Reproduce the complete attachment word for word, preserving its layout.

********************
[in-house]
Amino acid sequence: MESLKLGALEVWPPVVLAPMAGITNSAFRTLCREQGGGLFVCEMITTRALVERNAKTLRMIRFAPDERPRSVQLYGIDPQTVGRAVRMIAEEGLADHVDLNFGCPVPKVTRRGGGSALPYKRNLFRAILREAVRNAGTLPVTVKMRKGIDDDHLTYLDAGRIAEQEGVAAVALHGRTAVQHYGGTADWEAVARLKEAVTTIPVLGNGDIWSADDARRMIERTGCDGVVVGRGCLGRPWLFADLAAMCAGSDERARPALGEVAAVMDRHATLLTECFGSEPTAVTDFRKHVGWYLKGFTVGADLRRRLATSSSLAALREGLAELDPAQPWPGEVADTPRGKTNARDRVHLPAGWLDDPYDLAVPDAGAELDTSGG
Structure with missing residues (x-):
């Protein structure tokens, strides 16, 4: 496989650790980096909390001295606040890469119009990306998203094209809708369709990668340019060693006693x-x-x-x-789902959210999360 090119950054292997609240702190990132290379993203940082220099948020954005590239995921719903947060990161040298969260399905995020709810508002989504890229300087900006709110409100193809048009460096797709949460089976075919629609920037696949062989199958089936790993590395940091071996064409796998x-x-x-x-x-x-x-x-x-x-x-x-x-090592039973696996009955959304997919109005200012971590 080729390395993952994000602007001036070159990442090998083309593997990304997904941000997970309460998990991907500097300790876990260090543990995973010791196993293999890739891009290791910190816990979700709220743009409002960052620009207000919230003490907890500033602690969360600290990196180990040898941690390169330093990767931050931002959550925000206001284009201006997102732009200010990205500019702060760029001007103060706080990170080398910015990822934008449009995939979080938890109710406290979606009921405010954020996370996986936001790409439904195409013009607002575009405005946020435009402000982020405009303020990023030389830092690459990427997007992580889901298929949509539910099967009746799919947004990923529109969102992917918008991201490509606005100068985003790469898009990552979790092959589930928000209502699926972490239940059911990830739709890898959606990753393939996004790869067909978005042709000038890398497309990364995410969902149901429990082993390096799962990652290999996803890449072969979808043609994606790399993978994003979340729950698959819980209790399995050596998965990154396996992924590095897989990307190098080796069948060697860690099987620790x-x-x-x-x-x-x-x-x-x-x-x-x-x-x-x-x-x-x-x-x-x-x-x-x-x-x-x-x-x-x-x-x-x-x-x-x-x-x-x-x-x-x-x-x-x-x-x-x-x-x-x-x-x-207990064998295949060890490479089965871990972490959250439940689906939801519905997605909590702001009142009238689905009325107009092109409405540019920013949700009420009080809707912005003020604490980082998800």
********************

[in-house]
Amino acid sequence: MESLKLGALEVWPPVVLAPMAGITNSAFRTLCREQGGGLFVCEMITTRALVERNAKTLRMIRFAPDERPRSVQLYGIDPQTVGRAVRMIAEEGLADHVDLNFGCPVPKVTRRGGGSALPYKRNLFRAILREAVRNAGTLPVTVKMRKGIDDDHLTYLDAGRIAEQEGVAAVALHGRTAVQHYGGTADWEAVARLKEAVTTIPVLGNGDIWSADDARRMIERTGCDGVVVGRGCLGRPWLFADLAAMCAGSDERARPALGEVAAVMDRHATLLTECFGSEPTAVTDFRKHVGWYLKGFTVGADLRRRLATSSSLAALREGLAELDPAQPWPGEVADTPRGKTNARDRVHLPAGWLDDPYDLAVPDAGAELDTSGG
Structure with missing residues (x-):
């Protein structure tokens, strides 16, 4: 496989650790980096909390001295606040890469119009990306998203094209809708369709990668340019060693006693x-x-x-x-789902959210999360 090119950054292997609240702190990132290379993203940082220099948020954005590239995921719903947060990161040298969260399905995020709810508002989504890229300087900006709110409100193809048009460096797709949460089976075919629609920037696949062989199958089936790993590395940091071996064409796998x-x-x-x-x-x-x-x-x-x-x-x-x-090592039973696996009955959304997919109005200012971590 080729390395993952994000602007001036070159990442090998083309593997990304997904941000997970309460998990991907500097300790876990260090543990995973010791196993293999890739891009290791910190816990979700709220743009409002960052620009207000919230003490907890500033602690969360600290990196180990040898941690390169330093990767931050931002959550925000206001284009201006997102732009200010990205500019702060760029001007103060706080990170080398910015990822934008449009995939979080938890109710406290979606009921405010954020996370996986936001790409439904195409013009607002575009405005946020435009402000982020405009303020990023030389830092690459990427997007992580889901298929949509539910099967009746799919947004990923529109969102992917918008991201490509606005100068985003790469898009990552979790092959589930928000209502699926972490239940059911990830739709890898959606990753393939996004790869067909978005042709000038890398497309990364995410969902149901429990082993390096799962990652290999996803890449072969979808043609994606790399993978994003979340729950698959819980209790399995050596998965990154396996992924590095897989990307190098080796069948060697860690099987620790x-x-x-x-x-x-x-x-x-x-x-x-x-x-x-x-x-x-x-x-x-x-x-x-x-x-x-x-x-x-x-x-x-x-x-x-x-x-x-x-x-x-x-x-x-x-x-x-x-x-x-x-x-x-207990064998295949060890490479089965871990972490959250439940689906939801519905997605909590702001009142009238689905009325107009092109409405540019920013949700009420009080809707912005003020604490980082998800």